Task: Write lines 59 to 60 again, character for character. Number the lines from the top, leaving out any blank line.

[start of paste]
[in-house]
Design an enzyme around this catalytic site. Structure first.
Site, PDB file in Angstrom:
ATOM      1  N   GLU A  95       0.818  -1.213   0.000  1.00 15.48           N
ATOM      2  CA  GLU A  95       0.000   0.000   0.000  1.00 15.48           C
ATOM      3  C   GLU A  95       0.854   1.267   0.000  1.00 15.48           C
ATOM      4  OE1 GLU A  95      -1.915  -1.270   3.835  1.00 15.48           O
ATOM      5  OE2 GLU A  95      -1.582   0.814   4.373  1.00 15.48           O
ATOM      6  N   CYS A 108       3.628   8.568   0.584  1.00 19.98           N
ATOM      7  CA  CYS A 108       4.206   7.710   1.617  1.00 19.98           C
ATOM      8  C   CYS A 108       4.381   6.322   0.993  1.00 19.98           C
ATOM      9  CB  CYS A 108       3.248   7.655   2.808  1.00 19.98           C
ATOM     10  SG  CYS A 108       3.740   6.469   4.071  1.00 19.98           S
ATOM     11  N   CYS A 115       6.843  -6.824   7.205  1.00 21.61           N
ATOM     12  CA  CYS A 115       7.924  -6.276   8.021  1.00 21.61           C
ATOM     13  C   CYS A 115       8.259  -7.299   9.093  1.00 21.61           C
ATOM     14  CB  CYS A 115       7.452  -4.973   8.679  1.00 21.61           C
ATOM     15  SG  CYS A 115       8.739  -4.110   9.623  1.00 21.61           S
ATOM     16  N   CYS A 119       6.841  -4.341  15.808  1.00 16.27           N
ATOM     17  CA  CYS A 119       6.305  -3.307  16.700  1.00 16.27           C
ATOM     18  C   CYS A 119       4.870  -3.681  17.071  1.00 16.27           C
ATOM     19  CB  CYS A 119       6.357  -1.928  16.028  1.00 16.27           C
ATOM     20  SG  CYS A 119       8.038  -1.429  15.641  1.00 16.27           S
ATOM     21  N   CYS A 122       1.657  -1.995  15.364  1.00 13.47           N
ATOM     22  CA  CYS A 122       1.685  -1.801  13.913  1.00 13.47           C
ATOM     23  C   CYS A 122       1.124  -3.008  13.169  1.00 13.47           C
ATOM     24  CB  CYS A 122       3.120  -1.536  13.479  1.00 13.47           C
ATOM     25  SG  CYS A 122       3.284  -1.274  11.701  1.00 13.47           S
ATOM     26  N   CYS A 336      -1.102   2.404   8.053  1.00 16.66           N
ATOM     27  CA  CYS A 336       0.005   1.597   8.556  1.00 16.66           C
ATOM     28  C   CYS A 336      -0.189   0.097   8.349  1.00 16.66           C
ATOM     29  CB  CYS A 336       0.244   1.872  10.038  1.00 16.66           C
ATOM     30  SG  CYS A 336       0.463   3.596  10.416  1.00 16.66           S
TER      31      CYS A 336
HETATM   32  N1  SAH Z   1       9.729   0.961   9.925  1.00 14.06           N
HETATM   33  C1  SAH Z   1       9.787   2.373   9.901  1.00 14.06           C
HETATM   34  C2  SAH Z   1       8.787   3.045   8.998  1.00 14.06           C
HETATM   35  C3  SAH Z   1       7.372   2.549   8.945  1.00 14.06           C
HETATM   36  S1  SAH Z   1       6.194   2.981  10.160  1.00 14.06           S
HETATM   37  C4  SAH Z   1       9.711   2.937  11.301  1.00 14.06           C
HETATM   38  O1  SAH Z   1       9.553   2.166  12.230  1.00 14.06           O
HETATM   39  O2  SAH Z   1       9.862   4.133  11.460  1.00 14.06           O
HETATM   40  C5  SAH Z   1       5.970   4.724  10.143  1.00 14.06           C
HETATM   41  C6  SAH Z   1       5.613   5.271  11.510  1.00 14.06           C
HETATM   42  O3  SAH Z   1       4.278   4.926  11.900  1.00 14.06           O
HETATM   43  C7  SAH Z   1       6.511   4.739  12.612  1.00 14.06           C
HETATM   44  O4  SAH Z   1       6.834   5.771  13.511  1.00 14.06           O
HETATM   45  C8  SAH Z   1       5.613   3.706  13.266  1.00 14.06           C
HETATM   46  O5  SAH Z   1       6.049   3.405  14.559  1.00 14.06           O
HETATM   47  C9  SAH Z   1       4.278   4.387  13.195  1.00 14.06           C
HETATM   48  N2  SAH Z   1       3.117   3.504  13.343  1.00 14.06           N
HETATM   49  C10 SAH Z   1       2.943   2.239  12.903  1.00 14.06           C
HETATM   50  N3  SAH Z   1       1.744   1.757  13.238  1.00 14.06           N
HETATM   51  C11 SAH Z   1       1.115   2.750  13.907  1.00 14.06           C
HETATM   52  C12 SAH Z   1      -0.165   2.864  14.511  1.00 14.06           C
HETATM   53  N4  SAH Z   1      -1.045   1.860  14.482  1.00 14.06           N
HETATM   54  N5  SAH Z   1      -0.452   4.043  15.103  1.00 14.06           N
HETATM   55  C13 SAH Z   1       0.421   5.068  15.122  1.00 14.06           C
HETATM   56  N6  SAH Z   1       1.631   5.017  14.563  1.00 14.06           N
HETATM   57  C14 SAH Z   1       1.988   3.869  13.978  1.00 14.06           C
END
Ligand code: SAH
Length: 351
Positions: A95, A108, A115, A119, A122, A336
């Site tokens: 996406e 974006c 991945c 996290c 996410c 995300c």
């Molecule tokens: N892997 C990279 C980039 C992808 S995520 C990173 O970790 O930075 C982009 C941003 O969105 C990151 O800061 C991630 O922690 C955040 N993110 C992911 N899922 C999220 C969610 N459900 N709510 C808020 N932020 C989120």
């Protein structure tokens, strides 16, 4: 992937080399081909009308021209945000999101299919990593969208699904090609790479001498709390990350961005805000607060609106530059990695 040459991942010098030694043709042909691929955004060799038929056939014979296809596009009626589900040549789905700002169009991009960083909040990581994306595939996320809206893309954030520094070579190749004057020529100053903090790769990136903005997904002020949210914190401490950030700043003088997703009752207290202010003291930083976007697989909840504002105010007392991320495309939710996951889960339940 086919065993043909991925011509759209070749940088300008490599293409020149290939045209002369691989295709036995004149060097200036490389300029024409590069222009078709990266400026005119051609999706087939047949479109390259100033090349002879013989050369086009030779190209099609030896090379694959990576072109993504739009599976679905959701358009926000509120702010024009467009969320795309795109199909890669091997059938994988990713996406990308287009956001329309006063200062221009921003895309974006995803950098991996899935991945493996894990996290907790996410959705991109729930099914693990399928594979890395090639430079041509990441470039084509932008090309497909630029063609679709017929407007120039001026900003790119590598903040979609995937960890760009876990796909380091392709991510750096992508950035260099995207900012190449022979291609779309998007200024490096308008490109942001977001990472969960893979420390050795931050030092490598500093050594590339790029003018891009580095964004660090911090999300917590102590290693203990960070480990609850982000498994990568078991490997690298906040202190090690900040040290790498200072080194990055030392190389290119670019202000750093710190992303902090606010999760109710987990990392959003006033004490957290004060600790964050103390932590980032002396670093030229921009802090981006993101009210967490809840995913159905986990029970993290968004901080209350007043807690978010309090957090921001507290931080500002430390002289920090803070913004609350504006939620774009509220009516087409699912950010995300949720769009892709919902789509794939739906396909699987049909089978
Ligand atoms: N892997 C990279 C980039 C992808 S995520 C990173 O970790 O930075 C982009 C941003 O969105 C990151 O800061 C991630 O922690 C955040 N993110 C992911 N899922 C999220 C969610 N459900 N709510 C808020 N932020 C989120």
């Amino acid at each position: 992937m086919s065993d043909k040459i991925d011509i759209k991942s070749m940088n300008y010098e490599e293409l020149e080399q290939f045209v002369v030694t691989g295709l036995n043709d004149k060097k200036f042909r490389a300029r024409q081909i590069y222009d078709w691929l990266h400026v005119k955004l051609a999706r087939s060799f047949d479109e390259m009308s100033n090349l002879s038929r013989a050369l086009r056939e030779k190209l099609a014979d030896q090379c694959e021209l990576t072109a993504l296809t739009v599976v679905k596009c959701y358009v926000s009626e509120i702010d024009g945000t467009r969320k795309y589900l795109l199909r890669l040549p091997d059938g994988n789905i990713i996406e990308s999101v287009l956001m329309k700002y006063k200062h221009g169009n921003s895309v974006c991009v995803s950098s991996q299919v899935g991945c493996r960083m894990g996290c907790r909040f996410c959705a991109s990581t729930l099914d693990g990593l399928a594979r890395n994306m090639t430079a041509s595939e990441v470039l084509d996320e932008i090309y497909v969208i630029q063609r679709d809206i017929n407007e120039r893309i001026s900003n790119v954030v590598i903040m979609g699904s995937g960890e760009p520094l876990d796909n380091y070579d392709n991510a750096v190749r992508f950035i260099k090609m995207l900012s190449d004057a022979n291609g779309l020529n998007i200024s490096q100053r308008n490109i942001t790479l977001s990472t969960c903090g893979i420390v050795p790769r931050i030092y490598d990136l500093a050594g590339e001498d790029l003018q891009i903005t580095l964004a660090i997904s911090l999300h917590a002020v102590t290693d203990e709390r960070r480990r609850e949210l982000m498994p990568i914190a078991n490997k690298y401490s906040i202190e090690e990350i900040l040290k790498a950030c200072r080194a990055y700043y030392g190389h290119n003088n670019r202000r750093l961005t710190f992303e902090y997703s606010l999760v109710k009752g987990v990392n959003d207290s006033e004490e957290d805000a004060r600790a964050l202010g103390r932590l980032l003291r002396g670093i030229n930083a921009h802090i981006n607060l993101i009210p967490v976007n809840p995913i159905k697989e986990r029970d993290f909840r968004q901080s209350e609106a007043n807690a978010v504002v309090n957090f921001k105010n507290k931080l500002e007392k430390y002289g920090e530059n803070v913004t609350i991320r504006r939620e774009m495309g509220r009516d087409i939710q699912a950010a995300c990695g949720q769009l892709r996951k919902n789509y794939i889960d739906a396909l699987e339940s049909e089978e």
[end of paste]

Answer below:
HETATM   56  N6  SAH Z   1       1.631   5.017  14.563  1.00 14.06           N
HETATM   57  C14 SAH Z   1       1.988   3.869  13.978  1.00 14.06           C